Should you judge it adviseable, at the present time, I could easily obtain from General Clarke the substance of his narrative & have it published here as—an answer to spontaneous enquiries of my own. It can be done without your appearing at all in the business. This however I shall not attempt to do without your permission; yet I wish that Genl Clarkes statement could be made public in some shape or other, as it would doubly mortify Mr Martin to have his assertions refuted without receiving a reply from you whom he has so assiduously laboured to draw forth into the field of controversy. I can assure that your friends in this quarter are highly gratified at the silent contempt with which you have treated that redoutable Hero of Federalism—And it is with heartfelt pleasure that I further assure you, that nothing which old Tories, Aristocrats & governmental Sycophants can say against you, will in any degree, diminish the confidence, which the good Citizens of this state repose in your abilities & patriotism. Never was a State more unanimous in execrating the measures supported by your Enemies who, I trust, will soon prove themselves to be, what I have long thot. them, the enemies of Liberty & thier Country. The Resolutions which I take the freedom of enclosing will shew you what we think of Federal measures. Attempts will, no doubt, be made, may indeed, have already been made, to lessen the weight of our proceedings by representing our meetings as disorderly & factious. But it is most certain that greater order & decorum never were observed at any public Meetings than at those which have been held in Kentucky. I fondly hope that our Legislature will soon be called & that the constituted authorities will give such solemnity to the voice of the people, as will arrest the attention of our infatuated Rulers. Republicans ought not to despair. The Irish are fighting for us. The French can never be conquered & Woe be to those who foolishly mistake the convulsive struggles of expiring Despotism, in England, for a Renovation of healthful Spirits & national Vigor.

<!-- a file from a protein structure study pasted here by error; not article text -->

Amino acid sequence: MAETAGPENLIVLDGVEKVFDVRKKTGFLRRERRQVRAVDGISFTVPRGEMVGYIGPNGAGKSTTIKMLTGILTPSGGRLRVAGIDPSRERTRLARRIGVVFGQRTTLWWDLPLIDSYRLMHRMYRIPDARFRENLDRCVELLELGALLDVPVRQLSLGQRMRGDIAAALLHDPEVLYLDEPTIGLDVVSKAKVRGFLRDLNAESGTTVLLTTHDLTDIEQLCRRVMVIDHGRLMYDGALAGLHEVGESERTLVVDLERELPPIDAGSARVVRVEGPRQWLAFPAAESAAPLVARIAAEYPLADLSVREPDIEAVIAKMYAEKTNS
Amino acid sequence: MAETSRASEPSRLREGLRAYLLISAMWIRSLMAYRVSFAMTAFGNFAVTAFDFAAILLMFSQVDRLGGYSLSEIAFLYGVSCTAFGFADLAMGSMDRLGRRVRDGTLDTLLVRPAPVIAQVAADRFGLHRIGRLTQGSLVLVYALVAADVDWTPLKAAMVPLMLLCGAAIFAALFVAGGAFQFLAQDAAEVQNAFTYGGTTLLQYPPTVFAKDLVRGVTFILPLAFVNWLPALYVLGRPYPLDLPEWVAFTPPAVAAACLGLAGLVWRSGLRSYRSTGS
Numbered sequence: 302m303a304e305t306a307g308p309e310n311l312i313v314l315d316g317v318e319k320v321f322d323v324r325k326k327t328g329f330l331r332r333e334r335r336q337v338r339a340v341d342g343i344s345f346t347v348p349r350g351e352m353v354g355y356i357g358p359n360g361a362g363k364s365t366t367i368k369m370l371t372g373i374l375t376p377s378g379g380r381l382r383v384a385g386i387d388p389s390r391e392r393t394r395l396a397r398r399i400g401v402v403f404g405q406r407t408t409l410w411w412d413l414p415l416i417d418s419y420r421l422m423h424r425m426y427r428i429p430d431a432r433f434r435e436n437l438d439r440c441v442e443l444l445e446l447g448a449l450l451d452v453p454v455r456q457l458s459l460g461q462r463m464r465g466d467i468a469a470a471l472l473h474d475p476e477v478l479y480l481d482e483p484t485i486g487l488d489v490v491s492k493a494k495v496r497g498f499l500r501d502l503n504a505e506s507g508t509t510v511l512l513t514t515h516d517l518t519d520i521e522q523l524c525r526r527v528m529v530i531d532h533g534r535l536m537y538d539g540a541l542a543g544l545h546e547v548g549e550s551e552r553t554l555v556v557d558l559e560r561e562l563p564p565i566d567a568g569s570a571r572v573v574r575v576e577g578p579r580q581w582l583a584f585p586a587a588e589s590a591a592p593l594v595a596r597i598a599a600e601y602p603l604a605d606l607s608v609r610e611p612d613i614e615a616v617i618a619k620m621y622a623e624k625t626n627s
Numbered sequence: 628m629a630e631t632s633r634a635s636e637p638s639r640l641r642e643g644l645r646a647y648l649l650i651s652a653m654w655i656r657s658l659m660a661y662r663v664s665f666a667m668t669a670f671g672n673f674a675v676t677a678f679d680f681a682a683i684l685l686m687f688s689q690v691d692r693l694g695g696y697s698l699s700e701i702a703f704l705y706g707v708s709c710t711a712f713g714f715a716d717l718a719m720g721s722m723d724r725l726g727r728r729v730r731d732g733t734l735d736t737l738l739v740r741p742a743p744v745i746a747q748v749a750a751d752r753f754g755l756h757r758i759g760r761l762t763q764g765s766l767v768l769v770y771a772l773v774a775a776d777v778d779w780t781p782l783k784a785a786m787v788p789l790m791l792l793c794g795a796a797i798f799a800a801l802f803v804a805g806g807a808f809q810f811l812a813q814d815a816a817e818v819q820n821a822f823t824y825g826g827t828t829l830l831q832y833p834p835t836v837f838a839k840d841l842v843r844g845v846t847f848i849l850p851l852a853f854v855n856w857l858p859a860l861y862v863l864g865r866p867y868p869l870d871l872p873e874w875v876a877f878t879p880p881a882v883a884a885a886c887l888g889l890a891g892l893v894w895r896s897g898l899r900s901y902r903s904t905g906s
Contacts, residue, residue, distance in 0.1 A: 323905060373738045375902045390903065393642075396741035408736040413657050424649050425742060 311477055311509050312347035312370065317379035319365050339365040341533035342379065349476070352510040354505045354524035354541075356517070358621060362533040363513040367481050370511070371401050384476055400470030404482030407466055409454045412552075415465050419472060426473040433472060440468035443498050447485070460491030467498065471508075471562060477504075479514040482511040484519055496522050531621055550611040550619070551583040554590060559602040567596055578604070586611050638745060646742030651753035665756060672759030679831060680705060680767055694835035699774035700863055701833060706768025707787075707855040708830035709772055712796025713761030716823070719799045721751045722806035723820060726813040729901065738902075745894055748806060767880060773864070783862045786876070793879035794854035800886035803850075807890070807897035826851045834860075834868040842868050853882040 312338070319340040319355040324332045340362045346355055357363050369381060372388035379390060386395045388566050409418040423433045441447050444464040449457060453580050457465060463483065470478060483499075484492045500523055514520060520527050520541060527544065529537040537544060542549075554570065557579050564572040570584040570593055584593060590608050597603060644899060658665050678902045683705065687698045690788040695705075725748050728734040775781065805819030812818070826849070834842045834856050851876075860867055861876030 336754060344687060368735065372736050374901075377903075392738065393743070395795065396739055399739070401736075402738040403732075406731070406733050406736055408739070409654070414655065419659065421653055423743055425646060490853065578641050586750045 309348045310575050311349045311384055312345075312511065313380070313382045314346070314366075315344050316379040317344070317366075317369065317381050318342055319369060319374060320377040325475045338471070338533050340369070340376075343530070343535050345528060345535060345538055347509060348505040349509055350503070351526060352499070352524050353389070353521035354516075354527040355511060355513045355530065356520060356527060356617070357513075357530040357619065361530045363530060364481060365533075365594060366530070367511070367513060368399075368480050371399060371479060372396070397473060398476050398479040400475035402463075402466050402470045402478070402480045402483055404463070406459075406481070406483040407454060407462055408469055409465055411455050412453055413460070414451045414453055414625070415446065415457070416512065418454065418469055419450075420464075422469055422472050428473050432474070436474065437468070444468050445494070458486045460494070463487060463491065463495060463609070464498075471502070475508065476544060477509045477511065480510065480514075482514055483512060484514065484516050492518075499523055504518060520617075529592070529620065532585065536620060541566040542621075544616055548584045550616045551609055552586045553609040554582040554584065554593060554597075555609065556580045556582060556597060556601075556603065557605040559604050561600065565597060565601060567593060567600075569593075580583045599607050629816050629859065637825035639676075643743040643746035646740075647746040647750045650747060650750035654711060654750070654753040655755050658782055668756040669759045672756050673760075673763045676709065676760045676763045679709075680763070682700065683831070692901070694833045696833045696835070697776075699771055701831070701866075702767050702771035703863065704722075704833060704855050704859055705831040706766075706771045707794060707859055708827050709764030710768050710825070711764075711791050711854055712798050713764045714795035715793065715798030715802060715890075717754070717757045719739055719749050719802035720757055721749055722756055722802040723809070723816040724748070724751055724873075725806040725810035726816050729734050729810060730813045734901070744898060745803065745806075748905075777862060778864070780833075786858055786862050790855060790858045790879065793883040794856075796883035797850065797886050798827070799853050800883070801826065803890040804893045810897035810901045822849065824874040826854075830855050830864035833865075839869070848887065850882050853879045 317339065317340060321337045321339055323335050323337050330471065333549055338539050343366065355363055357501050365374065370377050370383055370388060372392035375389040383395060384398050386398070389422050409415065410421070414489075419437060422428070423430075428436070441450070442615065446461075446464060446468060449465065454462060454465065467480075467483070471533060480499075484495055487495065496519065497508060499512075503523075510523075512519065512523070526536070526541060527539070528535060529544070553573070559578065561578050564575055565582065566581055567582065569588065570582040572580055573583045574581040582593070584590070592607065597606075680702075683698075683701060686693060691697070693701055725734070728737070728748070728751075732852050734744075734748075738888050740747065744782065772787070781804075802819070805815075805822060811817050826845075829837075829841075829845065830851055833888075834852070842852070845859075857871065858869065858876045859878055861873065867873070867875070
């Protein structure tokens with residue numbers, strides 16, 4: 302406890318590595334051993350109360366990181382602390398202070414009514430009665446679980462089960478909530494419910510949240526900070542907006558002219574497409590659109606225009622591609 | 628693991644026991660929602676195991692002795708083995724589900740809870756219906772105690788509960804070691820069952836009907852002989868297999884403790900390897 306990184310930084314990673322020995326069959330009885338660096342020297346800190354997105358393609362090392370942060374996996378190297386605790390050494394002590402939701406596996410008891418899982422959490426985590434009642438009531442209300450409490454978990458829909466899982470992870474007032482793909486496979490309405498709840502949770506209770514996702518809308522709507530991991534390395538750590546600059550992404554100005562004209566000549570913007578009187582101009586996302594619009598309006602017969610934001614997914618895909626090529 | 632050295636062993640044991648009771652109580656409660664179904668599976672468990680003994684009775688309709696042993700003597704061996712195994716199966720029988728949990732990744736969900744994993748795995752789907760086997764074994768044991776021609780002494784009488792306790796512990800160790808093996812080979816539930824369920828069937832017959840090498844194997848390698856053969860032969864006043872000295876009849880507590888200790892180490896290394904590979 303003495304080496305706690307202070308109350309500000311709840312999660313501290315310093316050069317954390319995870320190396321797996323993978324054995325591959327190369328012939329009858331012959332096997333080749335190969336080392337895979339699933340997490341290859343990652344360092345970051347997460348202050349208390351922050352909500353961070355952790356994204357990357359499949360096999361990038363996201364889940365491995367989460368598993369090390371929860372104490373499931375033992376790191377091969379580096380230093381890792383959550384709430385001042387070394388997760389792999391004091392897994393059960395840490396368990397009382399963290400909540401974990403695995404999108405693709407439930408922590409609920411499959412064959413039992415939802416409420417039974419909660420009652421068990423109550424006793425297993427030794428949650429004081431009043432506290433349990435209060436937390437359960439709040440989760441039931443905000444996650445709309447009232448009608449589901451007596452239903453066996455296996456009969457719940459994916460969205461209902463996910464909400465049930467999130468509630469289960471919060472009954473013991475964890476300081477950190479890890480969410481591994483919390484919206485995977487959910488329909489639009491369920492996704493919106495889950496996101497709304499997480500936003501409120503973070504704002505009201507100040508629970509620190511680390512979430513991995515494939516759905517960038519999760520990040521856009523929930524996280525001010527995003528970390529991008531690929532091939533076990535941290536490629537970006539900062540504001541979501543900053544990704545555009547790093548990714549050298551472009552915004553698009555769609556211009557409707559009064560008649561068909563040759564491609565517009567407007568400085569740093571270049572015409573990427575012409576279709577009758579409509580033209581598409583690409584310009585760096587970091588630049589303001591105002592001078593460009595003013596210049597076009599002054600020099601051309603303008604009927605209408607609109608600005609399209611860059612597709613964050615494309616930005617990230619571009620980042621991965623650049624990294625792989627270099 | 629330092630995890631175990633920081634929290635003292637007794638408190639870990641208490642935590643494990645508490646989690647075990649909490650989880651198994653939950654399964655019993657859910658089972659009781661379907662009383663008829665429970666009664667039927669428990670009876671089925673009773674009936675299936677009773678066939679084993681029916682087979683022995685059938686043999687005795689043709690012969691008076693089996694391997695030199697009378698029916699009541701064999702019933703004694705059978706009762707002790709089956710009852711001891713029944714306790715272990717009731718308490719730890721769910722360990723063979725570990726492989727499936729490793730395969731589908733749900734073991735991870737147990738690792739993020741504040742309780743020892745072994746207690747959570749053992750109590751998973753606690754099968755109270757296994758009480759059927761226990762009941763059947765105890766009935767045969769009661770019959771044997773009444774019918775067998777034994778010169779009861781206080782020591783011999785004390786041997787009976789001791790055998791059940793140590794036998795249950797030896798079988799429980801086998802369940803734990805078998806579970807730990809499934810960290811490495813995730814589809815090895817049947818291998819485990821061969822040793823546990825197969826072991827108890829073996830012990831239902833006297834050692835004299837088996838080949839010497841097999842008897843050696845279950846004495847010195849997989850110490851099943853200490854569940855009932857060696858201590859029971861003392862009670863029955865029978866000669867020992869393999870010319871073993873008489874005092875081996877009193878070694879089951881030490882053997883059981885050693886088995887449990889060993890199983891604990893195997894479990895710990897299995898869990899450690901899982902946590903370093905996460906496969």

I am happy to learn that Co[lo.] Monroe will be returned for your District. His virtues have been often tried & his Book which has been much read in this Country, has made him a great favorite with Kentucky Republicans.
I believe no change will take place in the Representation of this State. I wish our Bard could be detained in this “fertile Land planting or corn or hay.” He came to Lexington a few Evenings ago & the young men assembled in considerable numbers for the purpose of singing to him his own Poem, the Aliens, by way of Serenade. Whilst they were tuning their instruments & distributing thier parts, he unfortunately stole out of town—for Modesty always accompanies poetic Genius—It is still however intended to pay him that compliment to which his singular performance entitles him—
With sincerest wishes for your welfare & with sentiments of the most perfect esteem I have Sir The honor To be Yo. Mo Obt
RC (DLC); damaged; at foot of text: “The Honble. Thos Jefferson”; endorsed by TJ as received 1 Oct. 1798 and so recorded in SJL. Enclosed resolutions not identified, but see below. Other enclosure printed below.